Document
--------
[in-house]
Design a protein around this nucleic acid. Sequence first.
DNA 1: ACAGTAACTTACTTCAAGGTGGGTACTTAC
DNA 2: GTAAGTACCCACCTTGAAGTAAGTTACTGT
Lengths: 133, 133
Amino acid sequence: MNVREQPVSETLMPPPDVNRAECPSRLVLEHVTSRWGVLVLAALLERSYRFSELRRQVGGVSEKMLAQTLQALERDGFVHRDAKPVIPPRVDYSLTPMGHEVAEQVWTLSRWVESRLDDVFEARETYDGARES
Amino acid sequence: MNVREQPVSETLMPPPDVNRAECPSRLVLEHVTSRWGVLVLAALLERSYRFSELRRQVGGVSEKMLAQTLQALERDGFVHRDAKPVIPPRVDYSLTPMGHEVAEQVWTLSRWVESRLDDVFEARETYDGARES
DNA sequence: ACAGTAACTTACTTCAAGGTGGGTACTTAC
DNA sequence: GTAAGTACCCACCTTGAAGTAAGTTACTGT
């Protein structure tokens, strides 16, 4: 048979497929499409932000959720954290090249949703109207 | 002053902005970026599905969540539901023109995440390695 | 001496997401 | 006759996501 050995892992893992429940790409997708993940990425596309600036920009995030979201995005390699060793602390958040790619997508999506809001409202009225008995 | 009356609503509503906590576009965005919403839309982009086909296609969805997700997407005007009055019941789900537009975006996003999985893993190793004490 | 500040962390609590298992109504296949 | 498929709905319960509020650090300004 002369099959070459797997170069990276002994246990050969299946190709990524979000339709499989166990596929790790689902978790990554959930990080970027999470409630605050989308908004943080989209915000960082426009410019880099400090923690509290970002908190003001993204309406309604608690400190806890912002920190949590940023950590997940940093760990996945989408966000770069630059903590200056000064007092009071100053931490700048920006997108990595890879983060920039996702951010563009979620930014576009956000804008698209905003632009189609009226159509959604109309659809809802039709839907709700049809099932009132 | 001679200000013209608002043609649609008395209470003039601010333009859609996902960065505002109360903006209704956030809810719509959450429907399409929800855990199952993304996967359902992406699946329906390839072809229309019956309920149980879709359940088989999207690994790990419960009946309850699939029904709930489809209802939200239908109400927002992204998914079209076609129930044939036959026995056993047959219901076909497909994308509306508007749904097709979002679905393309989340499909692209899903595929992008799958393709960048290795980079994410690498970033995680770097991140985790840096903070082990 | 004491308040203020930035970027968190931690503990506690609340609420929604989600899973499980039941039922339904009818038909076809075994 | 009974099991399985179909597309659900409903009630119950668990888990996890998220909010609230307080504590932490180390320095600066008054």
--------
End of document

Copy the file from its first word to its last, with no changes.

[in-house]
Design a protein around this nucleic acid. Sequence first.
DNA 1: ACAGTAACTTACTTCAAGGTGGGTACTTAC
DNA 2: GTAAGTACCCACCTTGAAGTAAGTTACTGT
Lengths: 133, 133
Amino acid sequence: MNVREQPVSETLMPPPDVNRAECPSRLVLEHVTSRWGVLVLAALLERSYRFSELRRQVGGVSEKMLAQTLQALERDGFVHRDAKPVIPPRVDYSLTPMGHEVAEQVWTLSRWVESRLDDVFEARETYDGARES
Amino acid sequence: MNVREQPVSETLMPPPDVNRAECPSRLVLEHVTSRWGVLVLAALLERSYRFSELRRQVGGVSEKMLAQTLQALERDGFVHRDAKPVIPPRVDYSLTPMGHEVAEQVWTLSRWVESRLDDVFEARETYDGARES
DNA sequence: ACAGTAACTTACTTCAAGGTGGGTACTTAC
DNA sequence: GTAAGTACCCACCTTGAAGTAAGTTACTGT
């Protein structure tokens, strides 16, 4: 048979497929499409932000959720954290090249949703109207 | 002053902005970026599905969540539901023109995440390695 | 001496997401 | 006759996501 050995892992893992429940790409997708993940990425596309600036920009995030979201995005390699060793602390958040790619997508999506809001409202009225008995 | 009356609503509503906590576009965005919403839309982009086909296609969805997700997407005007009055019941789900537009975006996003999985893993190793004490 | 500040962390609590298992109504296949 | 498929709905319960509020650090300004 002369099959070459797997170069990276002994246990050969299946190709990524979000339709499989166990596929790790689902978790990554959930990080970027999470409630605050989308908004943080989209915000960082426009410019880099400090923690509290970002908190003001993204309406309604608690400190806890912002920190949590940023950590997940940093760990996945989408966000770069630059903590200056000064007092009071100053931490700048920006997108990595890879983060920039996702951010563009979620930014576009956000804008698209905003632009189609009226159509959604109309659809809802039709839907709700049809099932009132 | 001679200000013209608002043609649609008395209470003039601010333009859609996902960065505002109360903006209704956030809810719509959450429907399409929800855990199952993304996967359902992406699946329906390839072809229309019956309920149980879709359940088989999207690994790990419960009946309850699939029904709930489809209802939200239908109400927002992204998914079209076609129930044939036959026995056993047959219901076909497909994308509306508007749904097709979002679905393309989340499909692209899903595929992008799958393709960048290795980079994410690498970033995680770097991140985790840096903070082990 | 004491308040203020930035970027968190931690503990506690609340609420929604989600899973499980039941039922339904009818038909076809075994 | 009974099991399985179909597309659900409903009630119950668990888990996890998220909010609230307080504590932490180390320095600066008054």